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Where Is the Carryover Water?

"This would be the greatest heist of personal property ever perpetrated,” said grower Ted Sheely.

Jan 29, 2014

Sometimes farmers bank water they don't use for use the next year. It's called 'carryover' or 'rescheduled' water. It remains stored like a bank account until it's needed. But, this year the banked water isn't all there. It's like the bank president took off with the loot. The bank president, in this case, is the Bureau of Reclamation. The water is supposed to be in San Luis Reservoir, but according to the Hanford Sentinel article below, "If every one of those growers called in their banked water, it would more than empty the 334,000 acre-feet that sit in the reservoir now." Why isn't it all there? Where did it go? When did it go? Who got it?

Farmers have already bought and paid for the water to the tune of about $150-million. "This would be the greatest heist of personal property ever perpetrated,” said grower Ted Sheely, who has 10,000 acres of cropland. “That is water I paid for."

The article goes on to say, "Five lawmakers, including Sen. Dianne Feinstein and congressmen David Valadao, Devin Nunes, Jim Costa and Kevin McCarthy, fired off a letter Sunday asking for more clarity on the Bureau’s policy." In addition, "A separate, Republican-only letter from Valadao, Nunes and McCarthy threatened a congressional investigation."

Farmers who paid for the water should expect to get answers. Unfortunately, answers won't grow crops or pay bills.

 

Farmers irate over possible loss of banked water

Westside issue turns up heat on federal agency
 

HANFORD — The explosive issue of water is on the verge of sparking a major battle between Westside growers and the federal Bureau of Reclamation.


The issue involves Central Valley Project “rescheduled” water that growers banked in San Luis Reservoir during wet years for use during dry years.


Severe drought is prompting farmers to ask the Bureau to release the water from what’s left in the shrunken pool of San Luis Reservoir. Farmers built up the reserve by adopting conservation techniques such as drip irrigation systems.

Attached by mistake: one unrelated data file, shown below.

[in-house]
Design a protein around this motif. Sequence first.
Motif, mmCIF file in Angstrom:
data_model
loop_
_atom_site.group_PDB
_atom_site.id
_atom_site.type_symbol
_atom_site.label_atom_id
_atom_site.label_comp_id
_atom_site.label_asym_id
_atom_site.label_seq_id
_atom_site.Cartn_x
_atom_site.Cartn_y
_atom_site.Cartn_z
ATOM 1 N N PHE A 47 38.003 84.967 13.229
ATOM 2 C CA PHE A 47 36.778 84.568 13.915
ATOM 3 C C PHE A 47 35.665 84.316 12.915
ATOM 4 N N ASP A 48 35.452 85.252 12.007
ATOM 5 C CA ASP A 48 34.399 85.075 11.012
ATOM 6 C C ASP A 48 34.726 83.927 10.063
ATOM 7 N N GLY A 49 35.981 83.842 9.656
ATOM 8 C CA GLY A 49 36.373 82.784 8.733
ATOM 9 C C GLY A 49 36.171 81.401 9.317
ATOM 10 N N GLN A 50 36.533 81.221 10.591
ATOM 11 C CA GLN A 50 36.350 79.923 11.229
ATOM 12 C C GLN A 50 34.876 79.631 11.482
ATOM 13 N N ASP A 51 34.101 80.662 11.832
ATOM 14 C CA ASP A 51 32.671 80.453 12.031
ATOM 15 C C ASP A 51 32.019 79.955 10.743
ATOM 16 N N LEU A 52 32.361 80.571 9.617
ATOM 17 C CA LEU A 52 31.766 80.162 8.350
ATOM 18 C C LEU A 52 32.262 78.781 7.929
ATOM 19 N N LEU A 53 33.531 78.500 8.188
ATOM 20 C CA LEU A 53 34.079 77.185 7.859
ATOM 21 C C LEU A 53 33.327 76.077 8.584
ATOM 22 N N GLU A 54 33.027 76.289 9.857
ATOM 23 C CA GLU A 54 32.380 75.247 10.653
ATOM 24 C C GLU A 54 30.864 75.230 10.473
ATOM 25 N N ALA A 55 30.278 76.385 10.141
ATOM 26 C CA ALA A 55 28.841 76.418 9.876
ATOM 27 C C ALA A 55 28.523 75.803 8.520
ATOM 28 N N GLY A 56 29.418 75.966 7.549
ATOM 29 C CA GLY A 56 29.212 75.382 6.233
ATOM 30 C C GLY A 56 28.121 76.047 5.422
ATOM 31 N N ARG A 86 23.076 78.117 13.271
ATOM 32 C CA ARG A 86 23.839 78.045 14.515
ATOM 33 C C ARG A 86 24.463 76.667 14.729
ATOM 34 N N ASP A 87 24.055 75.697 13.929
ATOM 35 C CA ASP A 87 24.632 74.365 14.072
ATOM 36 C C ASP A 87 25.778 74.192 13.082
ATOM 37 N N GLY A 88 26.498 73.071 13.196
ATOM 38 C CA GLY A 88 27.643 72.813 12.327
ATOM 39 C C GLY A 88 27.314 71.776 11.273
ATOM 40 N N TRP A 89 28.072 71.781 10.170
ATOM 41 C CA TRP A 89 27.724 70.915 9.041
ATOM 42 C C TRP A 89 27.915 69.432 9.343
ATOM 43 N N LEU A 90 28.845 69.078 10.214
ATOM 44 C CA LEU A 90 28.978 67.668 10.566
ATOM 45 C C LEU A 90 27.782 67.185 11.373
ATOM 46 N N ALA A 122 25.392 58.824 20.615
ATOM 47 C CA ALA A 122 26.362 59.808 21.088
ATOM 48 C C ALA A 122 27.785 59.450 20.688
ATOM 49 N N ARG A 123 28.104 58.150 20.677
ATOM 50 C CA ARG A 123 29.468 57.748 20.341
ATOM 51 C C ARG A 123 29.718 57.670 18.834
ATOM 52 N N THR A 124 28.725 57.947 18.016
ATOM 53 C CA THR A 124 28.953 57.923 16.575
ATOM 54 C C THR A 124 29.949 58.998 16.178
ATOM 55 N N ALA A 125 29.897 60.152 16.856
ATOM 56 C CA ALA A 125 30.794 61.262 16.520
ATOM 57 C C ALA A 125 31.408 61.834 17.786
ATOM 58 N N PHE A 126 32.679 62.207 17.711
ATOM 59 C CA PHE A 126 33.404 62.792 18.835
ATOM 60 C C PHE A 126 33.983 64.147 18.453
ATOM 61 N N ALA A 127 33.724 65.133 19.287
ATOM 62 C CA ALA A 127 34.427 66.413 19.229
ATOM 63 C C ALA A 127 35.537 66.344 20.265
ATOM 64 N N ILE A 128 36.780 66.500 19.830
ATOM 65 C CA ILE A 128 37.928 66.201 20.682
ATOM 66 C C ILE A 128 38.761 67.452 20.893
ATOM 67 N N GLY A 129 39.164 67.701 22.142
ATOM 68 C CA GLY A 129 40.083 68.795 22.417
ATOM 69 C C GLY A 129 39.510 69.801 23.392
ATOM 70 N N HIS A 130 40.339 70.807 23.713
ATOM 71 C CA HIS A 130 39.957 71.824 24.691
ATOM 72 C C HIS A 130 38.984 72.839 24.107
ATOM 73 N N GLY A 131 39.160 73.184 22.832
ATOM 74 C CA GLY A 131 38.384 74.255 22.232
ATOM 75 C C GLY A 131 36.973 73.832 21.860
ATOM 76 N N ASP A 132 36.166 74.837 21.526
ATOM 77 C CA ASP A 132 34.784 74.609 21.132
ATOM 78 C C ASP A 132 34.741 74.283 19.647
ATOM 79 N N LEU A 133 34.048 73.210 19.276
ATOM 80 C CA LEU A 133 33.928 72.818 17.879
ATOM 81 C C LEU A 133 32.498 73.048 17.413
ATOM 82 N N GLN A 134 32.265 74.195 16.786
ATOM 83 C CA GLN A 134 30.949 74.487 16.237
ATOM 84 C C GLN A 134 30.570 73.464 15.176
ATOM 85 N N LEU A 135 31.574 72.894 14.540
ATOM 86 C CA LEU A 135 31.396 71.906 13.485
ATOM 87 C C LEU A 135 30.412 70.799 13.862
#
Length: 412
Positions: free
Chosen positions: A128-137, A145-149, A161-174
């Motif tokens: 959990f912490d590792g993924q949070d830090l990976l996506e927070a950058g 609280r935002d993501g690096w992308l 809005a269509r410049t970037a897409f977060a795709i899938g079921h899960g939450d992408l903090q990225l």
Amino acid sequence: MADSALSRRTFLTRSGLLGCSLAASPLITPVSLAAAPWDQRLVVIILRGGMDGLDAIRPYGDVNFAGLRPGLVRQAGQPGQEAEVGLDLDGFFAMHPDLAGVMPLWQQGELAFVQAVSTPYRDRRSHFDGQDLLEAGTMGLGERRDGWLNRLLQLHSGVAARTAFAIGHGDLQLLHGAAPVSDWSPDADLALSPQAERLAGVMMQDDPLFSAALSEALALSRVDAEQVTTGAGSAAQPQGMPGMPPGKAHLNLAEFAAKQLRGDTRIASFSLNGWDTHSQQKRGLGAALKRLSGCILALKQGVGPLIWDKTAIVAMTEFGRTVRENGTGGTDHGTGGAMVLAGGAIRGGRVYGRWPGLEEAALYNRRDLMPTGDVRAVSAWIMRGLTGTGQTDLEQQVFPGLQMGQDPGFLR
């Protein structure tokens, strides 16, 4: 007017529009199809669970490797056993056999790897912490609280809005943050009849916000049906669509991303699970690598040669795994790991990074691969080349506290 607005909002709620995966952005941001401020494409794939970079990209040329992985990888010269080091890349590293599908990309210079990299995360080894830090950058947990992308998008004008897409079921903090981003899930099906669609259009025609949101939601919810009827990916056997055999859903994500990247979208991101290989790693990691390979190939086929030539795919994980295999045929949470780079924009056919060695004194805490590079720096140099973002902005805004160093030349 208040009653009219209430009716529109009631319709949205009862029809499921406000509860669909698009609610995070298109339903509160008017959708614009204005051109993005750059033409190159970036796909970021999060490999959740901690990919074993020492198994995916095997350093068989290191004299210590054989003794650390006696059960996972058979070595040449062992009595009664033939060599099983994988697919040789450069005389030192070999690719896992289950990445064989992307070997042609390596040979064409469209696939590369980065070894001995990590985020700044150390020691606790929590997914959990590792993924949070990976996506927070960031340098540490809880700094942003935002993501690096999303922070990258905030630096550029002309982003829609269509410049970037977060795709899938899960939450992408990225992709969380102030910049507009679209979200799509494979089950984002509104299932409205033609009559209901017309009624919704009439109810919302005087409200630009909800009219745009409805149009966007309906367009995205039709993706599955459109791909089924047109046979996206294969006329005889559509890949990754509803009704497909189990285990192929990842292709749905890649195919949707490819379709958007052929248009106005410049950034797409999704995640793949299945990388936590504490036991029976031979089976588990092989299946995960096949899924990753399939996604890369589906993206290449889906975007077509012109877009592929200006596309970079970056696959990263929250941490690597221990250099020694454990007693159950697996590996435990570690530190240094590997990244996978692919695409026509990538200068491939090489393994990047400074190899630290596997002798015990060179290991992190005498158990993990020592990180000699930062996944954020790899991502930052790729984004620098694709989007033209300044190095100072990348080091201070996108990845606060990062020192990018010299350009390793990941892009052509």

The Bureau’s response is that it is discussing the possibility that farmers might not get it due to competing demands from a variety of other sources, including homes, businesses and the environment.


“If we don’t receive any [additional] precipitation, the water in the system is what we have to work with,” said Bureau spokesman Louis Moore. “We’re concerned with managing the system to meet all the demands that would be required of us.”


Moore declined to specify exactly where else the precious wet stuff might end up.


Irate Westside farmers say they have already paid for the water, were counting on it and were basing financial decisions on the assumption that they’d be able to access it.


“This would be the greatest heist of personal property ever perpetrated,” said grower Ted Sheely, who has 10,000 acres of cropland. “That is water I paid for. I’m really upset they’re even thinking about taking that water.”


Sheely said that the loss of the water would force him to fallow an additional 500 acres on top of the 2,000 he was planning to leave unfarmed.


Westlands Water District officials were tight-lipped, citing ongoing negotiations with the Bureau over the controversy.


“Currently, we’re in discussions with the [Bureau] and other interested parties with this important issue,” said Westlands spokeswoman Gayle Holman. “At this point, it’s our hope that this issue will be resolved in a couple of days.”


The angry reaction is getting the attention of elected officials across the board. Five lawmakers, including Sen. Dianne Feinstein and congressmen David Valadao, Devin Nunes, Jim Costa and Kevin McCarthy, fired off a letter Sunday asking for more clarity on the Bureau’s policy.


“While we recognize the incredibly dry conditions facing many CVP contractors, we strongly oppose the reallocation of any rescheduled water for any use other than its originally intended purpose as a reserve supply secured by contractors in anticipation of ongoing drought conditions,” the letter states. “We respectfully request that the Bureau provide clear guidance ... within the next week which provides assurances to those contractors due rescheduled water that those supplies will be fully available to them.”


A separate, Republican-only letter from Valadao, Nunes and McCarthy threatened a congressional investigation.


The bipartisan letter said growers “have spent approximately $150 million on water transfers in order to preserve an estimated 340,000 acre-feet of project water in San Luis Reservoir” as a drought reserve.


If every one of those growers called in their banked water, it would more than empty the 334,000 acre-feet that sit in the reservoir now.


A similar issue cropped up in the last major drought of 2007-2009, but the situation was less dire. The last 13 months have been the driest in recorded California history.


San Luis Reservoir is at 31 percent capacity — less than half of what it was at this time last year. Growers are expecting a 0 percent allocation from the CVP when the Bureau announces its allocation in late February.


The decision the Bureau makes on rescheduled water is threatening to toss a Molotov cocktail into an already dicey situation.


“It’s going to be a big battle,” said Kings County Supervisor Joe Neves.


The reporter can be reached at 583-2432 and at snidever@hanfordsentinel.com. Follow him on Twitter @SethN_HS.

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